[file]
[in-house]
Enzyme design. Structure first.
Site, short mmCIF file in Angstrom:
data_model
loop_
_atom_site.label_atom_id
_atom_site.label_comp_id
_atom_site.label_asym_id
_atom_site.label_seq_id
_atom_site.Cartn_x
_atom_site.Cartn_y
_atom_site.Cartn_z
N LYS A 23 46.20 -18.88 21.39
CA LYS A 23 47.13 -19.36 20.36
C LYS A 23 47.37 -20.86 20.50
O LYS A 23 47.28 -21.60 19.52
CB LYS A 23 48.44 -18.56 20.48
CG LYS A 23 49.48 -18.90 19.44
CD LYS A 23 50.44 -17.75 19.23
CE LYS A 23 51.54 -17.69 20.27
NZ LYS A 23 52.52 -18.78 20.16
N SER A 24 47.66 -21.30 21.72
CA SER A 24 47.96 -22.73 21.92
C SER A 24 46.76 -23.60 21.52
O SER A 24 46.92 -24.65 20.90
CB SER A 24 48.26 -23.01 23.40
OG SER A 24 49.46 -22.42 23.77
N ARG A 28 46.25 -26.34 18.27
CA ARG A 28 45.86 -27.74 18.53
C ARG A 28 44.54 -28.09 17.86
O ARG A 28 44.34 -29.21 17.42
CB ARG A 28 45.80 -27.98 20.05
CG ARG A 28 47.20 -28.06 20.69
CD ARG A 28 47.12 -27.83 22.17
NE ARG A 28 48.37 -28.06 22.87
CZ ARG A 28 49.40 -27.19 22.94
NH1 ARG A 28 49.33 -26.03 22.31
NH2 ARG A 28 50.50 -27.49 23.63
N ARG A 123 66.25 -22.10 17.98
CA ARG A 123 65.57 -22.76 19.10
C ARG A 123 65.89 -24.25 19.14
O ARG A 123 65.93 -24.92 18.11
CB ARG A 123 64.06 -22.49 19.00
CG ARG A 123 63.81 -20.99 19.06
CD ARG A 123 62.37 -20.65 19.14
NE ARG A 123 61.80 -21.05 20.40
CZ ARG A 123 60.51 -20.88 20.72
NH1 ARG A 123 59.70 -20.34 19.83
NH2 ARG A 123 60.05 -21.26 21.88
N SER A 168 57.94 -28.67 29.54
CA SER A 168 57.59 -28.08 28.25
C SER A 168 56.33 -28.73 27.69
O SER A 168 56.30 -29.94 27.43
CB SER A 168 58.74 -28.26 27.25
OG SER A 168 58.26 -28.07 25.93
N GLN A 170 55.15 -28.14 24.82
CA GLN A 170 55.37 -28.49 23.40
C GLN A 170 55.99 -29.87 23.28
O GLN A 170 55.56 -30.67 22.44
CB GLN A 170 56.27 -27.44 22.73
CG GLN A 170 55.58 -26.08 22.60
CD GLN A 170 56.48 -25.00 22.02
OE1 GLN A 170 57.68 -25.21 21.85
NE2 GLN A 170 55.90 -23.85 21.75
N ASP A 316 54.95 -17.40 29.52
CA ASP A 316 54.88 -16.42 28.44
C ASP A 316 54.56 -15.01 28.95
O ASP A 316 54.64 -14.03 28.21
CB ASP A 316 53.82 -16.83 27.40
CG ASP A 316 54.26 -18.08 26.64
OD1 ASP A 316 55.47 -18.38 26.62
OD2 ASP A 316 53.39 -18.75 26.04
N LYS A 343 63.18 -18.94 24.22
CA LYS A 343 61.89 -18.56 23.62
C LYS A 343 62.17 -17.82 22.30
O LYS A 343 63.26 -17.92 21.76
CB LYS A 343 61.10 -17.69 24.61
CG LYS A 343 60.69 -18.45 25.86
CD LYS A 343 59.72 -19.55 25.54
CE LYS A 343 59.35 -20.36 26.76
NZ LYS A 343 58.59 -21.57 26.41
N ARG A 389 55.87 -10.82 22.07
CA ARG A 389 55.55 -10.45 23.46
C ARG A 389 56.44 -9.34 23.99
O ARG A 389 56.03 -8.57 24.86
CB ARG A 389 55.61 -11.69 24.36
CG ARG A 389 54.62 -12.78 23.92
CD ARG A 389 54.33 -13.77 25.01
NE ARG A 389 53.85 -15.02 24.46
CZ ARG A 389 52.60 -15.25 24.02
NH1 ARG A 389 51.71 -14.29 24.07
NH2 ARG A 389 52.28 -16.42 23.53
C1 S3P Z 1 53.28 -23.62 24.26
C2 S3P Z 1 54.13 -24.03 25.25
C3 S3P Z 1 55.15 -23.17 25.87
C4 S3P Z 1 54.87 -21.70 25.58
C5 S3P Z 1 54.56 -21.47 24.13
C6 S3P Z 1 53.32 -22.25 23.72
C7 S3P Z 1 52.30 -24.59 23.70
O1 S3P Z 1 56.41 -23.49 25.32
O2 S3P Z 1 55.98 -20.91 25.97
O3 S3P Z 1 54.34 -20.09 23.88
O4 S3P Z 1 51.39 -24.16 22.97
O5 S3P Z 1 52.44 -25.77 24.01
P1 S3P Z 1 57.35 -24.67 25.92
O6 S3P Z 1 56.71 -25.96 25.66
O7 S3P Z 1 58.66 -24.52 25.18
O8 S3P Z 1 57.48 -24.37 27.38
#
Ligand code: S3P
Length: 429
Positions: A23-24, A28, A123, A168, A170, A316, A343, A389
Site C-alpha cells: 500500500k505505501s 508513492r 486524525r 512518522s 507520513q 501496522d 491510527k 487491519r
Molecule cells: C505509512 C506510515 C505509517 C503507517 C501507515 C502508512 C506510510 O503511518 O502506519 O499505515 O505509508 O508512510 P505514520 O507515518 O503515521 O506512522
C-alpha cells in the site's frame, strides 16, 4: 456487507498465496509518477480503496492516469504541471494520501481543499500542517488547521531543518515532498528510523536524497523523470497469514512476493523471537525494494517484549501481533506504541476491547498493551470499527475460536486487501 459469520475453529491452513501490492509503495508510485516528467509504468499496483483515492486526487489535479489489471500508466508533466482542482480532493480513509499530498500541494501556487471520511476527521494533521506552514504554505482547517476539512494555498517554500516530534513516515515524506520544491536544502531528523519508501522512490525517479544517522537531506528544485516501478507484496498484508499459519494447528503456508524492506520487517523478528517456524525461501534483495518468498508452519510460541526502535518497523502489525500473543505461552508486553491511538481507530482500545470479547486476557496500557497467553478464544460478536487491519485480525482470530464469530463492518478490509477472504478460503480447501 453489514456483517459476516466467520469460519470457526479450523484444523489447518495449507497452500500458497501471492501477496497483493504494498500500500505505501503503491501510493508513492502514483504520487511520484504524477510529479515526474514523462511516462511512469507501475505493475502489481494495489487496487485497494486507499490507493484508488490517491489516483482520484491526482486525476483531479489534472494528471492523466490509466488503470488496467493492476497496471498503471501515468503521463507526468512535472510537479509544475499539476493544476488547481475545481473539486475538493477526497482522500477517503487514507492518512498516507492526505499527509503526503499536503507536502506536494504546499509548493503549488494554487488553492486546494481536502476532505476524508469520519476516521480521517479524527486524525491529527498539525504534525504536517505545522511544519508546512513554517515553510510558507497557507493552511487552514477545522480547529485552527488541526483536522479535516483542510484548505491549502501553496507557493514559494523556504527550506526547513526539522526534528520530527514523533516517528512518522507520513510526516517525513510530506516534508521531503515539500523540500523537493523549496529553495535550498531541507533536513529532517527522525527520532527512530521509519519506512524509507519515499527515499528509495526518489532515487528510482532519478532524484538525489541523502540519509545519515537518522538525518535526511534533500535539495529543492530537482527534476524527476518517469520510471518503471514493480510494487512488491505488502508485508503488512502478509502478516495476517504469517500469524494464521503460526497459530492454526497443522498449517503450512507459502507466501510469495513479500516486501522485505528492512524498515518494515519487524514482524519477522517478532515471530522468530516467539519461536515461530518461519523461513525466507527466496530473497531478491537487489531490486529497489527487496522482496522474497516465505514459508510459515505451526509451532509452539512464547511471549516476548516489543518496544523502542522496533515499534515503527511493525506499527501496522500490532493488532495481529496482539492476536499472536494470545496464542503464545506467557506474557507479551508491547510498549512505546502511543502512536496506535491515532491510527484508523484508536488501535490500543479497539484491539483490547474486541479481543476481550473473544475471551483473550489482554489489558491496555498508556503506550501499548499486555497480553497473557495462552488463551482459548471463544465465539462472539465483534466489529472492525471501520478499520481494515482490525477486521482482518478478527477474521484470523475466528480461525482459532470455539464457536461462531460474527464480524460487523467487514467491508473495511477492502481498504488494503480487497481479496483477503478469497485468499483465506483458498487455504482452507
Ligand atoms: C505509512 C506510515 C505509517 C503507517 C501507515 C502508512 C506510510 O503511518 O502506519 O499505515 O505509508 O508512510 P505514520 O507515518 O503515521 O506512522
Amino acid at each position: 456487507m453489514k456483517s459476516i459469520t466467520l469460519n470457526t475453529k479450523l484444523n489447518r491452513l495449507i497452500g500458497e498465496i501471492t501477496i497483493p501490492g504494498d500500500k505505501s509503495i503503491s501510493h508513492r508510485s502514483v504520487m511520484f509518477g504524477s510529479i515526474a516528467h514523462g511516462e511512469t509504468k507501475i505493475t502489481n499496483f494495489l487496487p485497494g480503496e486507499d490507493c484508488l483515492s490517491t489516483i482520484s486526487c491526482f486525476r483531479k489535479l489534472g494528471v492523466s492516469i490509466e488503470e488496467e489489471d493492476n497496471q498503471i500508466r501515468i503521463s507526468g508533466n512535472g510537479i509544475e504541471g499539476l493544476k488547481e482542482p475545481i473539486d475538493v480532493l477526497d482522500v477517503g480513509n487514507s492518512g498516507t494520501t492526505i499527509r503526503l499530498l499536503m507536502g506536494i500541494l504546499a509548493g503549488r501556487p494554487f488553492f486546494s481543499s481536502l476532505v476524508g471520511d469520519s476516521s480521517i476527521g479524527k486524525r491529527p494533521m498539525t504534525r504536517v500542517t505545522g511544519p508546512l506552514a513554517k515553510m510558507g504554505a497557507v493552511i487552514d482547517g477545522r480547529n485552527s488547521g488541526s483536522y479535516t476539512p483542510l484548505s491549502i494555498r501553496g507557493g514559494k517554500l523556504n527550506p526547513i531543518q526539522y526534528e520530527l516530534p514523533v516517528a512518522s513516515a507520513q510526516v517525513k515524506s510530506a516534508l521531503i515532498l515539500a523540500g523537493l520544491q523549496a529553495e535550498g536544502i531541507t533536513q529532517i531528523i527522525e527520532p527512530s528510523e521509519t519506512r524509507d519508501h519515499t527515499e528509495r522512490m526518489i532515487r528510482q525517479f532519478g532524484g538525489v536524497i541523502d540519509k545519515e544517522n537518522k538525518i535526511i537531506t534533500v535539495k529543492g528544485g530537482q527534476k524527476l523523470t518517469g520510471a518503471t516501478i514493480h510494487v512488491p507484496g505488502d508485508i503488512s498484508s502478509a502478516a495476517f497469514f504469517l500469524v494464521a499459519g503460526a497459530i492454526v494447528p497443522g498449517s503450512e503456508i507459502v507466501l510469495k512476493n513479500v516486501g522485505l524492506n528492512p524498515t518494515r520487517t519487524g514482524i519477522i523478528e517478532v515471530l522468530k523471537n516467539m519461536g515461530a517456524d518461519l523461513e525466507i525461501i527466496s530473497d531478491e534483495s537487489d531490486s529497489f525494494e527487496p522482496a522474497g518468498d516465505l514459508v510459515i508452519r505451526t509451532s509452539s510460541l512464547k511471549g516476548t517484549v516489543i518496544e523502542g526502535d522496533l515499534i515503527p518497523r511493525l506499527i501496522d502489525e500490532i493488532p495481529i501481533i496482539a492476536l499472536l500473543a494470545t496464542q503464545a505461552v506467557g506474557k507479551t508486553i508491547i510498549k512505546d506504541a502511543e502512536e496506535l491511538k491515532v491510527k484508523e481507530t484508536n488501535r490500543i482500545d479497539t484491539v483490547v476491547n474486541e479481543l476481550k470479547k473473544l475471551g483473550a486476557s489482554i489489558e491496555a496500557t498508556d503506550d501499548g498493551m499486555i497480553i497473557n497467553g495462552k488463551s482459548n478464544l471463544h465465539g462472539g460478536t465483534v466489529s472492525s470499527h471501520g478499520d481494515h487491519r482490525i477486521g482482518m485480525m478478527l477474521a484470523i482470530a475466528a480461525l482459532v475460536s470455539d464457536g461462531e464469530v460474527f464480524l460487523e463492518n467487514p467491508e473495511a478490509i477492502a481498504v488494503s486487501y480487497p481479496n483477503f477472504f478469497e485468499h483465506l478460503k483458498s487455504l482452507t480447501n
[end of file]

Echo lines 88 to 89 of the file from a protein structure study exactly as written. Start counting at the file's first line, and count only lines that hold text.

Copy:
CD ARG A 389 54.33 -13.77 25.01
NE ARG A 389 53.85 -15.02 24.46